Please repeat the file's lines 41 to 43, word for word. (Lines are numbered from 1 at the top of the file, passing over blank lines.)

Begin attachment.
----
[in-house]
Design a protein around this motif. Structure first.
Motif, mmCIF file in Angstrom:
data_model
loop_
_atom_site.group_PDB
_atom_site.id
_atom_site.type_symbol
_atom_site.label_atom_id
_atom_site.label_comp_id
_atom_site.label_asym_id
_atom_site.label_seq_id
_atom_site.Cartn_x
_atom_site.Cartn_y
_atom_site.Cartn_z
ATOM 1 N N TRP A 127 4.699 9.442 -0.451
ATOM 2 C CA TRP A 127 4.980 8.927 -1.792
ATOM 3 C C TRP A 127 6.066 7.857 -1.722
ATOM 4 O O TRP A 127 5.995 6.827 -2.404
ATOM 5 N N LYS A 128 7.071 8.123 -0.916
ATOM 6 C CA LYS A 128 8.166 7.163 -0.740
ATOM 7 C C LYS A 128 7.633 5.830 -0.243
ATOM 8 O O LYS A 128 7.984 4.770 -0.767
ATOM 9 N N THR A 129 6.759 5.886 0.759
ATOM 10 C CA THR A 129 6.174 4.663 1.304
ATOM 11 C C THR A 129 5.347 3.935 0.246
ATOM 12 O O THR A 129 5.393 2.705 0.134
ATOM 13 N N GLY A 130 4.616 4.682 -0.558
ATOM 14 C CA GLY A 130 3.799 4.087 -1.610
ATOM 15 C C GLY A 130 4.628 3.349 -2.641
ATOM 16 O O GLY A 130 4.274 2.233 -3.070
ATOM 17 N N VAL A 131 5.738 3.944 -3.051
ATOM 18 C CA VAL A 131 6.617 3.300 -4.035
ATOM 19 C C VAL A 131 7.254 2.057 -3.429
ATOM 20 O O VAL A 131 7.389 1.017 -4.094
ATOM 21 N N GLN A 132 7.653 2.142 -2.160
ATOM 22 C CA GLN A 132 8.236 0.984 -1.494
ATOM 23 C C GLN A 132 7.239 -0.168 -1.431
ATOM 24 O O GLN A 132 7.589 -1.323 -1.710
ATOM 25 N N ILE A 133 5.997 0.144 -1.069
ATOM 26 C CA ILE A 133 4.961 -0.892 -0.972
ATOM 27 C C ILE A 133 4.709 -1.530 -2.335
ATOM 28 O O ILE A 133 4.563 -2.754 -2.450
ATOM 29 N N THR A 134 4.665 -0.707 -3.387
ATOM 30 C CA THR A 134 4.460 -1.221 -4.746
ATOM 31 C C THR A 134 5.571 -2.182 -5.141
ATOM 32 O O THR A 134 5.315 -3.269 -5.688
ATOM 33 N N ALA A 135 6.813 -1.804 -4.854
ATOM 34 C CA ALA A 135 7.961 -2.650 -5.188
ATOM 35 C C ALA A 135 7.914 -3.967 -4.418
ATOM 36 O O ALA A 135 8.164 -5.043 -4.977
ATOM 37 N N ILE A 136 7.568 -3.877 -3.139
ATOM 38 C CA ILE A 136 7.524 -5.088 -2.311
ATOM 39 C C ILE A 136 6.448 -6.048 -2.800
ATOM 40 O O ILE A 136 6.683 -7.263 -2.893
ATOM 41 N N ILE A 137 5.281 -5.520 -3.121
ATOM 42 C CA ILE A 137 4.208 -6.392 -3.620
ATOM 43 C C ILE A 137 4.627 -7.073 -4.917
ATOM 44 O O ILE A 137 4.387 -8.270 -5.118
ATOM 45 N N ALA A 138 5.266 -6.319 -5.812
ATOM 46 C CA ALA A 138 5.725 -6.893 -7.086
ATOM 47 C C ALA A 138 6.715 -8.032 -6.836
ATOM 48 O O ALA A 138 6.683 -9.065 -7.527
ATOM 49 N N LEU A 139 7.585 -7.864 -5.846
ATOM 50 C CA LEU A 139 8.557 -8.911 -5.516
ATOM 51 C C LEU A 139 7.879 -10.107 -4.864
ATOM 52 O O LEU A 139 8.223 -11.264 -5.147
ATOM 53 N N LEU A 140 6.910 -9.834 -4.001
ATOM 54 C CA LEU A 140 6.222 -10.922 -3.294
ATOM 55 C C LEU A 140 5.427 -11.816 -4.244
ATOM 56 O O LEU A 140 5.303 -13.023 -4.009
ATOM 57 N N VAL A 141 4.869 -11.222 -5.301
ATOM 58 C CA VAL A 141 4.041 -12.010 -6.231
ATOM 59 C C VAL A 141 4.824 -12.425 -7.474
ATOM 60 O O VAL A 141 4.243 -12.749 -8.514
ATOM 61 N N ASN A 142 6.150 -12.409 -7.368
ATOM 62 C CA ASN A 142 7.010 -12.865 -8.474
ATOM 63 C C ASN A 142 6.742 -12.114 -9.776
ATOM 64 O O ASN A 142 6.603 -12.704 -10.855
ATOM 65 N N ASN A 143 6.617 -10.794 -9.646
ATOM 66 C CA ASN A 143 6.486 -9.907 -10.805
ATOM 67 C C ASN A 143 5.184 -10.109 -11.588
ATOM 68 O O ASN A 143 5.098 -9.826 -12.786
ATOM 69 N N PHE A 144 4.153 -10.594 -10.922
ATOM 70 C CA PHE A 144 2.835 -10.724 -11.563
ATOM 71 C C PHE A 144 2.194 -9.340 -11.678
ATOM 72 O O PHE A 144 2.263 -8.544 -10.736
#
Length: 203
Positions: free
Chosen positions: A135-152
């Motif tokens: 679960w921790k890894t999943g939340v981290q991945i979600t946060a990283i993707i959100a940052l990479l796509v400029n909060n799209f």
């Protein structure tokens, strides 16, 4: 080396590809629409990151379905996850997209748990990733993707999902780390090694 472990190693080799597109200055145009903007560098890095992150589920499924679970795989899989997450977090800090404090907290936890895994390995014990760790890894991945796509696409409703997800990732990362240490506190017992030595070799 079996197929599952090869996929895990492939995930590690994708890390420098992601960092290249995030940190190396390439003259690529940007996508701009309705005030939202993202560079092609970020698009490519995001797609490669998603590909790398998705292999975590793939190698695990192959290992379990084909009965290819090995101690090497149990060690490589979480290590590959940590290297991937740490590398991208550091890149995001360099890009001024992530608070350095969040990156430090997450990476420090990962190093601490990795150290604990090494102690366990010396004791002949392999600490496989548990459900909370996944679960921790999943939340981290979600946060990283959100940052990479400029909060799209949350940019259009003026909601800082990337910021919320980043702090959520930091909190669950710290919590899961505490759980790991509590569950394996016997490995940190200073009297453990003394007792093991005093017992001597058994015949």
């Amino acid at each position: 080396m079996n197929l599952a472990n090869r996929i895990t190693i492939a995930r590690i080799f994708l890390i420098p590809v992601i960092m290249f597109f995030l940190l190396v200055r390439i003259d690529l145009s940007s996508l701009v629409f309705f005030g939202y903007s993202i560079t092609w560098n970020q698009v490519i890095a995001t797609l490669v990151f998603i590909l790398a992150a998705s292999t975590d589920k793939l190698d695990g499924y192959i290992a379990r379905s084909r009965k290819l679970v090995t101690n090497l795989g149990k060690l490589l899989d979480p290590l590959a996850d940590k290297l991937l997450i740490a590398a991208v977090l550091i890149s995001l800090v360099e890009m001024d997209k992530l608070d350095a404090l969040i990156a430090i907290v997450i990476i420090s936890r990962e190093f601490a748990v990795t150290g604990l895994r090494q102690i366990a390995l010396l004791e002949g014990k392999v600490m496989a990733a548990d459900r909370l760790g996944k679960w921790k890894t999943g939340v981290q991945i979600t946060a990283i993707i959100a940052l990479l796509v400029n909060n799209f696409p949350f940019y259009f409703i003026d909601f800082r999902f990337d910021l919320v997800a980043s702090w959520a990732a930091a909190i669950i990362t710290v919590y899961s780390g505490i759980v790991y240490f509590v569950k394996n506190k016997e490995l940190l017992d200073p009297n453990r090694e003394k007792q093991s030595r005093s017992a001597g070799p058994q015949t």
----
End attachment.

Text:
ATOM 26 C CA ILE A 133 4.961 -0.892 -0.972
ATOM 27 C C ILE A 133 4.709 -1.530 -2.335
ATOM 28 O O ILE A 133 4.563 -2.754 -2.450